Not all News is Good News

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Not all News is Good News

Graphic by Michael Wang

Graphic by Michael Wang

Graphic by Michael Wang

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I, like most people, get most of my news through skimming article headlines on Facebook. According to the Pew Research Center, around 30 percent of all American adults receive news from Facebook, and more than half of all adults use the Internet for news. However, as much as I hate to admit it, Facebook isn’t the most reliable or credible source for information. For example, a page called called the Conservative Post has published articles that include Hillary Clinton’s mistresses coming forward and claiming President Obama is coming to take all our guns away. Sadly, the Conservative Post has over one million likes, meaning that over one million people are taking these false issues at face value. Linking and sharing these “credible” news sites on Facebook can propagate rumors that are harmful to the livelihoods of many people around the world, including the leaders of our own country and even ourselves.

The Washington Post explains that rumors are especially deadly in the Internet age; anyone can spread and anyone can be affected by them. Hundreds of professions including a high school student, a salesperson, or a professor are just a few that are vulnerable to rumors that can have painful, damaging, and even devastating effects. Prospective employers and members of the community can google names and make assumptions and decisions based off information online that might entirely be false. Not only can these pervasive rumors jeopardize entire careers and livelihoods, but there is almost no way to take the offending web page down.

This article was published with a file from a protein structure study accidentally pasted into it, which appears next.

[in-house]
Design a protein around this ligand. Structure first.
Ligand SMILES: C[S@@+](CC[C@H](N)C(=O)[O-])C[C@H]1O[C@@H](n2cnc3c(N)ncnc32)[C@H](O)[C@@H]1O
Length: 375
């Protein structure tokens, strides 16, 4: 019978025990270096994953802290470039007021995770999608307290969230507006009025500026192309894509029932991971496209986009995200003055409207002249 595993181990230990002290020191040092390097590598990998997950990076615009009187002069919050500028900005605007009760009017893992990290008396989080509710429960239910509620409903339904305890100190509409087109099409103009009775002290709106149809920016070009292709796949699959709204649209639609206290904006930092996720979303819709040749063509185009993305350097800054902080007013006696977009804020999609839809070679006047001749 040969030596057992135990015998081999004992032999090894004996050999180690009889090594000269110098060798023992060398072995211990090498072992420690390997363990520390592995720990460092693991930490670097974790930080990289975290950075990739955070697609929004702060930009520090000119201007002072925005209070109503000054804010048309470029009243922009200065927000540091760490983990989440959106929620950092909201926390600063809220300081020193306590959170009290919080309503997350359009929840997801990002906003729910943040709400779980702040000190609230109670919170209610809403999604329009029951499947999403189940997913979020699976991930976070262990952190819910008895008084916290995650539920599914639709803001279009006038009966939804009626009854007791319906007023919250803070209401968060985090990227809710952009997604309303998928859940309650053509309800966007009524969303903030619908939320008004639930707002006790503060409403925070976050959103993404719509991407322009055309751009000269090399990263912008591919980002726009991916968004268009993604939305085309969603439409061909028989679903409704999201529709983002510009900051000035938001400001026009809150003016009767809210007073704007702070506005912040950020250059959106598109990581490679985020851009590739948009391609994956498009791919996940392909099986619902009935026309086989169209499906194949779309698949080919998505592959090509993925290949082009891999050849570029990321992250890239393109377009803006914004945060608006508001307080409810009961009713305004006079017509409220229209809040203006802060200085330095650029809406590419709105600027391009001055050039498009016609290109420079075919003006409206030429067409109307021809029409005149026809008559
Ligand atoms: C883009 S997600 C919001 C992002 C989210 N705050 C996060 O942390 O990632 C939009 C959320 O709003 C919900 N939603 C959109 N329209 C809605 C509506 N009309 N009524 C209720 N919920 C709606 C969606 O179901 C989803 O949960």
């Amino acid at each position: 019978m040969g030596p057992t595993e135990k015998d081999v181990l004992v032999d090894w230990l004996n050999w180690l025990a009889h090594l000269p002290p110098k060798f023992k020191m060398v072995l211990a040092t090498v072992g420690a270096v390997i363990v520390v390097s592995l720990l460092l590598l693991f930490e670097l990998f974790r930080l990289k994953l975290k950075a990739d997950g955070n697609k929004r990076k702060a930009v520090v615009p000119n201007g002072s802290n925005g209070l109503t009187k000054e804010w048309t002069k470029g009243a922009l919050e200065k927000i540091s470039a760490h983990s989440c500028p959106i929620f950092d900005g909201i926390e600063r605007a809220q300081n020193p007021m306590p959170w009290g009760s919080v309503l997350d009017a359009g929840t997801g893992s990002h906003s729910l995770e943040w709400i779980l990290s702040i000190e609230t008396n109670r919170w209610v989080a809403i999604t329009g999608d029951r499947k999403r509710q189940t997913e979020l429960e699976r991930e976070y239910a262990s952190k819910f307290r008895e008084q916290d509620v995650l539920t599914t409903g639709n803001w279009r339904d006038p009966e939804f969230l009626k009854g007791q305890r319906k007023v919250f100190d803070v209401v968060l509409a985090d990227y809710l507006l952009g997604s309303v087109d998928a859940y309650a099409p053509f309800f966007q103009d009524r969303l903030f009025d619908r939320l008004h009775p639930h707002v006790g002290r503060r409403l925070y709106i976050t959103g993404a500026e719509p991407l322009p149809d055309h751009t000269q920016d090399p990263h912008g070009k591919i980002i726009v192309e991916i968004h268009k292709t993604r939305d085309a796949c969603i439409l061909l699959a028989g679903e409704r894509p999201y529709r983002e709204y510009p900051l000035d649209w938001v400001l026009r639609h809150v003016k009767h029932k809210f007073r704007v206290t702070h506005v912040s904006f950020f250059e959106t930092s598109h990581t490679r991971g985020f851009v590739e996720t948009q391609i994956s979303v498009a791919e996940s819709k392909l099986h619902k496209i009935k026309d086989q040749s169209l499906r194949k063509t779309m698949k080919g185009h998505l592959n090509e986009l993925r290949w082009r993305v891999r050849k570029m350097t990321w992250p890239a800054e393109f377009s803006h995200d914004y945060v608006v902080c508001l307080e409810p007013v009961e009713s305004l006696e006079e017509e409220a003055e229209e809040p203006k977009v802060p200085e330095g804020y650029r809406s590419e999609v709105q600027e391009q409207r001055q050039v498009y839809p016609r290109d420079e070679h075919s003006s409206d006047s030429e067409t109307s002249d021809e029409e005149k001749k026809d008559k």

While stories like Hillary’s mistresses are obviously false, oftentimes the rumors aren’t as easy to tell from the truth. During the Ebola Crisis in Western Africa, a rumor on Facebook and news networks spread, claiming that drinking salt water would cure the disease. What started off as a joke sent by a text message by a female student in Nigeria, turned into the killer of two people and the cause of dozens of hospitalizations across the country. Not only was this rumor perpetuated among social media users, but also local news channels and websites, whose job was to reliably inform the populace but instead neglected to fact check before publishing deadly rumors as scientific fact.

News organizations have to compete with other websites to be the first to break news. As a result, the race to be the first often times leads to bad journalism.

Professor Craig Silverman of the Columbia Journalism School explains the telephone effect on news: “Many news sites apply little or no basic verification to the claims they pass on. Instead, they rely on linking-out to other media reports, which themselves often only cite other media reports as well. The story’s point of origin, once traced back through the chain of links, is often something posted on social media or a thinly sourced claim from a person or entity.” As the message gets more and more distorted, it also reaches more and more people.

The need for speed overrides the need for fact checking. In the hurry for being the first to report on a news event, precious seconds can’t be lost doing things like actually seeing if what you’re publishing is true.

Cass Sunstein, a professor at Harvard University, explains in his book “On Rumors,” that one of the biggest reasons rumors spread is because they validate our fears. Because we fear al-Qaeda, we are more likely to believe that its members are plotting an attack near where we live. If we have a prejudice against a person or a group of people, we are more likely to accept and spread rumors about them. Additionally, rumors spread through something called social cascades. We tend to rely on what other people think and do. When our friends or family believe in a rumor, we tend to believe it as well. Lacking information of our own, we accept the views of others, associating the credibility of the rumor with the credibility of our source, because if we don’t believe the rumor, we don’t believe our friend.

We have to understand that just because it’s online doesn’t mean that it’s true. If all of us, both in sharing information on social media and believing the information we see, become more careful and critical in our thinking, we can stop dangerous rumors before they catch on.

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